My lessons-learned, new rule for 2014 and beyond is to cut the hay when it's knee-high. That should give me 1) better hay, 2) more hay, and 3) an easier time cutting the hay. Hacking through 6-foot, woody branches is tough work, and I do NOT want a repeat of that experience.

Friday, January 17, 2014

Are We Less Healthy Today in Spite of Living Longer?

Short answer: Yes.

Long answer: if you look at the human lifespan on a graph from Adam and Eve until now, you'll see it looks like a big U. In the beginning, humans lived for 900+ years, and this lifespan gradually declined.

Peaking at 50? Sure, why not!?
And Adam lived a hundred and thirty years, and begot a son to his own image and likeness, and called his name Seth. And the days of Adam, after he begot Seth, were eight hundred years: and he begot sons and daughters. And all the time that Adam lived came to nine hundred and thirty years, and he died.
Seth also lived a hundred and five years, and begot Enos. And Seth lived after he begot Enos, eight hundred and seven years, and begot sons and daughters. And all the days of Seth were nine hundred and twelve years, and he died.
And Cainan lived seventy years, and begot Malaleel. And Cainan lived after he begot Malaleel, eight hundred forty years, and begot sons and daughters. And all the days of Cainan were nine hundred and ten years, and he died.
And Malaleel lived sixty-five years, and begot Jared. And Malaleel lived after he begot Jared, eight hundred and thirty years, and begot sons and daughters. And all the days of Malaleel were eight hundred and ninety-five years, and he died. 
And Lamech lived a hundred and eighty-two years, and begot a son. And he called his name Noe, saying: This same shall comfort us from the works and labours of our hands on the earth which the Lord hath cursed. And Lamech lived after he begot Noe, five hundred and ninety-five years, and he begot sons and daughters. And all the days of Lamech came to seven hundred and seventy-seven years, and he died-Genesis 5:3-8, 12-17, 28-31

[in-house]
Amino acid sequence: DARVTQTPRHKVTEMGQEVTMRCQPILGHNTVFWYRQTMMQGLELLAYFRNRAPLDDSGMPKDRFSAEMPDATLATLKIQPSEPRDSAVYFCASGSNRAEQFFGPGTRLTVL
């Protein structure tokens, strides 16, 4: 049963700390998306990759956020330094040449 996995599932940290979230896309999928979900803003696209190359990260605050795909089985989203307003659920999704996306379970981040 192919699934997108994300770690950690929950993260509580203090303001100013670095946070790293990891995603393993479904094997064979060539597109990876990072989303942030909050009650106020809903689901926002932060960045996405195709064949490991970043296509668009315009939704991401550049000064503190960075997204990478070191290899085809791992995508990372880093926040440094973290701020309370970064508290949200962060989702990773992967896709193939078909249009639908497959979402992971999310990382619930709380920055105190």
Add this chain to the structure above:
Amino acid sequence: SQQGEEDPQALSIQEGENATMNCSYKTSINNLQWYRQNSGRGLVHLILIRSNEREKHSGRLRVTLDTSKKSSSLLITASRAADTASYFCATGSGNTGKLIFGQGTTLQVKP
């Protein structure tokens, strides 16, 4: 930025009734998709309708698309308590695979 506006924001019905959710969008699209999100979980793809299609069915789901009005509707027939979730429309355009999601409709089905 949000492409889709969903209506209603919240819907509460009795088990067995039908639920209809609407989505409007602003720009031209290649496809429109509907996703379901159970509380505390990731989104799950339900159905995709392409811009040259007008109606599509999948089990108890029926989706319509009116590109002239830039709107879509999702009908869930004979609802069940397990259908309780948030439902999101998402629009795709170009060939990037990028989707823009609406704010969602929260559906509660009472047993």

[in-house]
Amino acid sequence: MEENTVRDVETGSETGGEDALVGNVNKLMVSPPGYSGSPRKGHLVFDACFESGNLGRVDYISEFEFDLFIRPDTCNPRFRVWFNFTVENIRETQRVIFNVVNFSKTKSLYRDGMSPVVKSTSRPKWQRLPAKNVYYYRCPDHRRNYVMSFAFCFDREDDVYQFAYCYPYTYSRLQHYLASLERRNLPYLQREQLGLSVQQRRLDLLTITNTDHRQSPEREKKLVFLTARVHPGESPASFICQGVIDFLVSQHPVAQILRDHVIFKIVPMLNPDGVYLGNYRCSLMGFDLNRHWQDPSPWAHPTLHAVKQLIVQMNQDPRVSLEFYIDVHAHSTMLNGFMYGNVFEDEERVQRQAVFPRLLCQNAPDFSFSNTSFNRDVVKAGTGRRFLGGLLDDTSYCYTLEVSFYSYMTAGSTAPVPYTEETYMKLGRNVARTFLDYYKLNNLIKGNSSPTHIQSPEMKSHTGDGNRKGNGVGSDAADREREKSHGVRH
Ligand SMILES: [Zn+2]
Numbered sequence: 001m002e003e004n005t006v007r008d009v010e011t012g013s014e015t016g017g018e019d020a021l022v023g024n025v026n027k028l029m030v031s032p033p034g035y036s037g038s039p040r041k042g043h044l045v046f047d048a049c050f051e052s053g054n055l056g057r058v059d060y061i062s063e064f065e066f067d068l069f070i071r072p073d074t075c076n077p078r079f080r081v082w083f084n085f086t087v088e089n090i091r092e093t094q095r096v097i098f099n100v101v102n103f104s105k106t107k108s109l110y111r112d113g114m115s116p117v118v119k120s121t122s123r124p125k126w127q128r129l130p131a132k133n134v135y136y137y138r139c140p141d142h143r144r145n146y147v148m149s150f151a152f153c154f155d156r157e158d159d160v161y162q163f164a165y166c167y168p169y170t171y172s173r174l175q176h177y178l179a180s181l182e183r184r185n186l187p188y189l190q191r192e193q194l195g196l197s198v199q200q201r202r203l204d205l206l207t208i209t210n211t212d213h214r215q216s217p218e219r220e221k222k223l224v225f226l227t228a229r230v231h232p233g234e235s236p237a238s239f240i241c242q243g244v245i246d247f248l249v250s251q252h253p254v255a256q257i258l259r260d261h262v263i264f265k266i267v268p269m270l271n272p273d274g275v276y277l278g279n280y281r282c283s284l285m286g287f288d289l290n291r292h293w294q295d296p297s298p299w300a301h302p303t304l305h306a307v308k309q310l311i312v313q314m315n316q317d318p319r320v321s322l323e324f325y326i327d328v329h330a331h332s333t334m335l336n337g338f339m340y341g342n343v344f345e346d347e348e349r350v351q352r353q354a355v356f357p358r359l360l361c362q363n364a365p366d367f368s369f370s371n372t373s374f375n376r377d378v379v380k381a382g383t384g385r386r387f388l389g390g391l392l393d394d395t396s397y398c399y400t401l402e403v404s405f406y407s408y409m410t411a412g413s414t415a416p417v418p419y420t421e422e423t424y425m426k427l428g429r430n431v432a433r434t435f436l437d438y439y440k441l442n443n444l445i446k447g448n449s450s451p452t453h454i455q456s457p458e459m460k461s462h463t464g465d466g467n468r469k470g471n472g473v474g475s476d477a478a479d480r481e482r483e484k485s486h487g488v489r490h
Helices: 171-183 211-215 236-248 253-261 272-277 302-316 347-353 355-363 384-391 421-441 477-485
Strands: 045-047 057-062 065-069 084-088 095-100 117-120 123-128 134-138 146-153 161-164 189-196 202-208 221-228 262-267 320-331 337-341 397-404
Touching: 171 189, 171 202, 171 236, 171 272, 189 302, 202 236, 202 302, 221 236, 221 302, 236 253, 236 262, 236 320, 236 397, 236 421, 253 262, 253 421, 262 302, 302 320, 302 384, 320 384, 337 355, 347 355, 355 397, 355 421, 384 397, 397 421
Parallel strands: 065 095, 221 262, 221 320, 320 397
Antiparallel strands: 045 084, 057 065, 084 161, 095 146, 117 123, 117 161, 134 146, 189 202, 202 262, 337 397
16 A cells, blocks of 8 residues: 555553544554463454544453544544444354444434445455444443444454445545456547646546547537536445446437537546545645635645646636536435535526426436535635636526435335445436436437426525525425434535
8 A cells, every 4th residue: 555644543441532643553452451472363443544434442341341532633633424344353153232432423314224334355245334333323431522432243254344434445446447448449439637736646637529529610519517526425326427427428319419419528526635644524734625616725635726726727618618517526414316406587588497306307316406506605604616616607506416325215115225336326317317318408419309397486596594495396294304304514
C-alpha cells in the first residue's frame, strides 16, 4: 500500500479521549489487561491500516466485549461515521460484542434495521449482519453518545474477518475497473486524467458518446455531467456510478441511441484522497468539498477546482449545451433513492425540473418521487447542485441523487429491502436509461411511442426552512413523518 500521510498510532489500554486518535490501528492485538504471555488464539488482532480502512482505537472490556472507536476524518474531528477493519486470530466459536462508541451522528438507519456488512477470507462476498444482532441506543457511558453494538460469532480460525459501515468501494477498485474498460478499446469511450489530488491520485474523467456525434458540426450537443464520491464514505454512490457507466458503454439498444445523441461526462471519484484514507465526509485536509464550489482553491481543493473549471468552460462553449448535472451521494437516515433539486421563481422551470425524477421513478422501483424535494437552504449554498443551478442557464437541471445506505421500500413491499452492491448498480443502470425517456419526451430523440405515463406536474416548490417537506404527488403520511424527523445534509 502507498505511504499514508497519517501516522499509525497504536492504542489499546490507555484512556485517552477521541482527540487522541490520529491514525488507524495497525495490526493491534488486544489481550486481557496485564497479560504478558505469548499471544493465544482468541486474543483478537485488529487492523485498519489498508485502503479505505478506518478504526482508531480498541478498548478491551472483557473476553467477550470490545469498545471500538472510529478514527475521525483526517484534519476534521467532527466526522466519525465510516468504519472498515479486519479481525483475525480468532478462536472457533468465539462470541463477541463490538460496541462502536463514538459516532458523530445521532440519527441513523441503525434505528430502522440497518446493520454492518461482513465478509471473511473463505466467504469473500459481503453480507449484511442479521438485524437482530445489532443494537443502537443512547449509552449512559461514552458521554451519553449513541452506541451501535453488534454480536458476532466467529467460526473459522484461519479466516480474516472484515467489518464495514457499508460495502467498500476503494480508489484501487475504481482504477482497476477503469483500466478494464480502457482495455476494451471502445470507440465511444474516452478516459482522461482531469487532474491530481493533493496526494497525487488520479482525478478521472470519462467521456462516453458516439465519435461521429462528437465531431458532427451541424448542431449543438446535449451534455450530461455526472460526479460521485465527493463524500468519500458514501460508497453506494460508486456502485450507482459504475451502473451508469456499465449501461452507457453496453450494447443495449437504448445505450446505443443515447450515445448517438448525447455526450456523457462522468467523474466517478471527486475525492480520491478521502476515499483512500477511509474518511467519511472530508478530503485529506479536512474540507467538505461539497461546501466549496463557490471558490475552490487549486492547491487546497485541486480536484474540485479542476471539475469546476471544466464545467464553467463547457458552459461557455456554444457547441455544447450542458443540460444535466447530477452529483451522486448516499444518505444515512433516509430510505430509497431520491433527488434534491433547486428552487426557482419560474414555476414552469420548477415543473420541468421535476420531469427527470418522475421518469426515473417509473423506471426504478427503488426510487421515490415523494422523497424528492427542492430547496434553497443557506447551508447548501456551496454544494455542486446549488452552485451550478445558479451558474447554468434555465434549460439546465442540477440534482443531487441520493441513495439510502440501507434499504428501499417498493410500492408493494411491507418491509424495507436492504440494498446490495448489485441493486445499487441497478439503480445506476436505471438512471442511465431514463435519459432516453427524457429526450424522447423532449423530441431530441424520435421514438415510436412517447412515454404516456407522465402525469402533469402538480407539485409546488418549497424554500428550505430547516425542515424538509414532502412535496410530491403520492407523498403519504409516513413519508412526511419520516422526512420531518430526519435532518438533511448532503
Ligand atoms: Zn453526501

The Bible continues like this, with the general trend of a declining lifespan through the Patriarchal period. By the time we hit Abraham, we're under 200 years. By the time we reach Moses, we're intpo the current upper limit of human life: 120 years.

Today, the average expected human lifespan is 67 across the globe. 200 years ago, it was 40. Two thousand years ago, it was 30 (although you could reach 45 if you made is past childhood).

But at the same time, there's a paradox: if the modern lifestyle is so unnatural and artificial, and chemically unbalanced and unhealthy, why are we living longer in spite of it?

More Hay! Ole!

I had to go get some more hay this afternoon.
A 25 minute drive, 11 square bales, $41, and 1 minivan. You do the math.
It looks really good, and it better daggone last the rest of the winter. I'll be moving donkey out to graze the residual overgrowth until springtime. The hay is for the sheep.

The kiddos have to clean out the van tomorrow anyway, so they'll just be adding some loose hay to their chores. :)  Hey, we all gotta do our part.

Thursday, January 16, 2014

Middle Mid-January Homestead Update

Most of the time, the chickens keep a safe distance. This afternoon at egg time,
this gal strolled right up and said hello.
So, besides chicken selfies, what's the scoop 'round the homestead?

Whelp, I'm out of hay, we made our altar, and we're working through our circadian rhythms.

Tuesday, January 14, 2014

Ending the Endless Summer, Step 1: Waking Up at Dawn

Yesterday, I wrote about the Endless Summer, the modern phenomenon of long hours, lots of electric lights, screwed up circadian rhythms, and compromised health.